KEYWORDS: Corporate purposes, company laws, water scarcities, stakeholders, partnerships

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Investigating food and agribusiness corporations as global water security, management and governance agents: The case of Nestlé, Bunge and Cargill

Suvi Sojamo
Water and Development Research Group, Aalto University, Aalto, Finland; suvi.sojamo@aalto.fi
Elizabeth Archer Larson
London Water Research Group, King'€™s College London, UK; elizabeth.a.larson@gmail.com

ABSTRACT: This article investigates the agency of the world'™s largest food and agribusiness corporations in global water security via case studies of Nestlé, Bunge and Cargill by analysing their position in the political economy of the world agro-food system and the ways they intentionally and non-intentionally manage and govern water in their value chains and wider networks of influence. The concentrated power of a few corporations in global agro-food value chains and their ability to influence the agro-food market dynamics and networks throughout the world pose asymmetric conditions for reaching not only global food security but also water security. The article will analyse the different forms of power exercised by the corporations in focus in relation to global water security and the emerging transnational water governance regime, and the extent to which their value chain position and stakeholder interaction reflect or drive their actions. Due to their vast infrastructural and technological capacity and major role in the global agro-food political economy, food and agribusiness corporations cannot avoid increasingly engaging, for endogenous and exogenous reasons, in multi-stakeholder initiatives and partnerships to devise methods of managing the agro-food value chains and markets to promote global water security. However, their asymmetric position in relation to their stakeholders demands continuous scrutiny.

KEYWORDS: Global water security, food and agribusiness corporations, agro-food value chains, water management, transnational water governance

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From risks to shared value? Corporate strategies in building a global water accounting and disclosure regime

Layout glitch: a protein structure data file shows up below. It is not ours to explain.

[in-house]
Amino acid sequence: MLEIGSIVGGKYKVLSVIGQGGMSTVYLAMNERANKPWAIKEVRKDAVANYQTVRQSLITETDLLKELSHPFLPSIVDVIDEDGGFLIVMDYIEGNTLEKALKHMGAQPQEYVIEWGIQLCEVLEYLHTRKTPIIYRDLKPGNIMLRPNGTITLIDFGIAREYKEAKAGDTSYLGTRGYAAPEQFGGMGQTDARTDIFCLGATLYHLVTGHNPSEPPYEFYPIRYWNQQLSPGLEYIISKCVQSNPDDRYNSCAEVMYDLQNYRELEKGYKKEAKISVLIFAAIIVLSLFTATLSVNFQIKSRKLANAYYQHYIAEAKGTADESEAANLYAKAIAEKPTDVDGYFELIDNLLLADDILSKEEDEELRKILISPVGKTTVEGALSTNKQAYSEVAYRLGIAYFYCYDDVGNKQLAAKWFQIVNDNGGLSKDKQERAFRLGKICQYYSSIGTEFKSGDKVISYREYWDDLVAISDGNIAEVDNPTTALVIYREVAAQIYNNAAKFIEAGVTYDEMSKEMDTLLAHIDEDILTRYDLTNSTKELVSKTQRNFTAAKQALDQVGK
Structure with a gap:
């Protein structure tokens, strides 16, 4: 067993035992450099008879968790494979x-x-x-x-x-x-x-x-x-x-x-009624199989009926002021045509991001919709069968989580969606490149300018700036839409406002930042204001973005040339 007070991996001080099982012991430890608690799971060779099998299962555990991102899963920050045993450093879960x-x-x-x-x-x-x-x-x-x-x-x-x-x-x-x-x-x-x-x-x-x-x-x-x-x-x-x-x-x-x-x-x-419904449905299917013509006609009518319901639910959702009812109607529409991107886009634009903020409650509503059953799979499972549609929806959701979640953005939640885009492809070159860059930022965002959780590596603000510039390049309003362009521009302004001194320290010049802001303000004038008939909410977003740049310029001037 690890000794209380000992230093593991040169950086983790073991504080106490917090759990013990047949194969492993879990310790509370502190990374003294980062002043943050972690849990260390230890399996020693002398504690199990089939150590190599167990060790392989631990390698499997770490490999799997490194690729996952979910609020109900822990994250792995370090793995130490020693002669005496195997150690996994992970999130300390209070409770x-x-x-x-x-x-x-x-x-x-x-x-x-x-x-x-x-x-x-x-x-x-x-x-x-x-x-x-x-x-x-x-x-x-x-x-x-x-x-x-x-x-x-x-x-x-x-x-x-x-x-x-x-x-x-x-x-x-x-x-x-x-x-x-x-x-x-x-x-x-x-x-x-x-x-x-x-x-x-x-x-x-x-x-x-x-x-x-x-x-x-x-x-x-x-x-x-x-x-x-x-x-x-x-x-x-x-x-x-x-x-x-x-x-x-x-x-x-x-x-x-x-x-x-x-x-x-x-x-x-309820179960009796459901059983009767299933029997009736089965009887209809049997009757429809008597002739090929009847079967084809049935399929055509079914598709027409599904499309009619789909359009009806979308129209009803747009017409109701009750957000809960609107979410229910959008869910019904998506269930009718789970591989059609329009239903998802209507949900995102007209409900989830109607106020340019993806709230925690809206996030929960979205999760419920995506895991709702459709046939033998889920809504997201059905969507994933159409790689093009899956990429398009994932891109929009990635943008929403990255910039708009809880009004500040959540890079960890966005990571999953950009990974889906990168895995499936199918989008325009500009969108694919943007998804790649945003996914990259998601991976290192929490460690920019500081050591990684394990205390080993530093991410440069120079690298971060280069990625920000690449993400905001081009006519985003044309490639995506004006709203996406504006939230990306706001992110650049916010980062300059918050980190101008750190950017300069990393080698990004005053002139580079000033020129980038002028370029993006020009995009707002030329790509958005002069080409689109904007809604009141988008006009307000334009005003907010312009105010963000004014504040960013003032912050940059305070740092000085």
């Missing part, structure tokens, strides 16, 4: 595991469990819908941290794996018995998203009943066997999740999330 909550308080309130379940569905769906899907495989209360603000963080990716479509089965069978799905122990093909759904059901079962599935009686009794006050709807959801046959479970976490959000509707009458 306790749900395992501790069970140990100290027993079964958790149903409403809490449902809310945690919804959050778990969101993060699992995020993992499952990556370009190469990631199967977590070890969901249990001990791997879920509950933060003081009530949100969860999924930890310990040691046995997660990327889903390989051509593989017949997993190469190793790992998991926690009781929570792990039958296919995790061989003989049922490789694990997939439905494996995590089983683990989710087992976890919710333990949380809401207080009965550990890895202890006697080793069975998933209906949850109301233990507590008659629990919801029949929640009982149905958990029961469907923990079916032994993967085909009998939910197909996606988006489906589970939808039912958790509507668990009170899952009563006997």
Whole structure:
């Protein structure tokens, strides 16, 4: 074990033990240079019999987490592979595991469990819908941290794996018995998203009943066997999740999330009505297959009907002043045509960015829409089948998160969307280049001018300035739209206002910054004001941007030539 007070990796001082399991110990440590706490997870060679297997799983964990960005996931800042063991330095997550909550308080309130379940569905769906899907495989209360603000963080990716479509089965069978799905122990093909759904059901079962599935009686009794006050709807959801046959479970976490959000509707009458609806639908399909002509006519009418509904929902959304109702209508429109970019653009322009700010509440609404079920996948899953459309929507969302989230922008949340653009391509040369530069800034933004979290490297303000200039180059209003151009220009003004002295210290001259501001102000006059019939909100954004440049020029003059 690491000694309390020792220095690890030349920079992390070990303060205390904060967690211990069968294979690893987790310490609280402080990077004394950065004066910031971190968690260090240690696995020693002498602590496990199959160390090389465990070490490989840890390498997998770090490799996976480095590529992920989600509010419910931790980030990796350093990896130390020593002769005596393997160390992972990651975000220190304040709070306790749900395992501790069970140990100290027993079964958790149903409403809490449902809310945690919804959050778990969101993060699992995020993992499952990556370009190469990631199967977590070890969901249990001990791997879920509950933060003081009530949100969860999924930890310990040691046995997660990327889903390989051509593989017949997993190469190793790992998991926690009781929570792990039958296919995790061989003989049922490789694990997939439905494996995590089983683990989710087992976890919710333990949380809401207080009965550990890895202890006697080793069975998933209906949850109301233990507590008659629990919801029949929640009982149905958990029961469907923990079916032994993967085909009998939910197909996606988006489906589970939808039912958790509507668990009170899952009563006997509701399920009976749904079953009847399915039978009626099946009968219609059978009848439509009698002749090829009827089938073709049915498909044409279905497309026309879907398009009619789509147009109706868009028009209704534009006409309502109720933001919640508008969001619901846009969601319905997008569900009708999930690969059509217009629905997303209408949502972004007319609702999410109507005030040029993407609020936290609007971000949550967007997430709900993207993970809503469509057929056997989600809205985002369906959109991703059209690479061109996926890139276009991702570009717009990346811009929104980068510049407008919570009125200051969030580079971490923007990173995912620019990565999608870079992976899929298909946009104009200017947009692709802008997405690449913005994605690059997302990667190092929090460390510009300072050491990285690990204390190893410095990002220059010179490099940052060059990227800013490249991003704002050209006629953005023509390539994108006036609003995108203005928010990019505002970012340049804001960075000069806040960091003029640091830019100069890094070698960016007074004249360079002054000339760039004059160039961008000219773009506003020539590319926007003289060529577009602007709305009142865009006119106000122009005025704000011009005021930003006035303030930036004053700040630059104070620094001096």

Marco A. Daniel
Oxford University Centre for the Environment, Oxford, UK; marco.daniel@graduateinstitute.ch
Suvi Sojamo
Water and Development Research Group, Aalto University, Aalto, Finland; suvi.sojamo@aalto.fi

ABSTRACT: The current debate on water accounting and accountability among transnational actors such as corporations and NGOs is likely to contribute to the emergence of a global water governance regime. Corporations within the food and beverage sector (F&B) are especially vulnerable to water risks; therefore, in this article we analyse motivations and strategies of the major F&B corporations participating in the debate and developing different water accounting, disclosure and risk-assessment tools. Neo-institutionalism and neo-Gramscian regime theory provide the basis for our framework to analyse the discursive, material and organisational corporate water strategies. Findings based on an analysis of the chosen F&B corporations'€™ sustainability reports and interviews with key informants suggest that the corporations share similar goals and values with regard to the emerging regime. They seek a standardisation that is practical and supportive in improving their water efficiency and communication with stakeholders. This indicates that some harmonisation has taken place over time and new actors have been pursuing the path of the pioneering companies, but the lead corporations are also differentiating their strategies, thus engaging in hegemonic positioning. However, so far the plethora of NGO-driven accountability initiatives and tools has fragmented the field more than 'war of position' amongst the corporations. Furthermore, several companies claim to have proceeded from internal water-risk management to reducing risks throughout their value chains and watersheds. As a result they are 'creating shared value' with stakeholders, and potentially manifesting an emergent paradigm that goes beyond a private regime framework. Nevertheless, in the absence of verification schemes, questions of sustainability and legitimacy of such actions on the ground prevail and remain a topic for further research.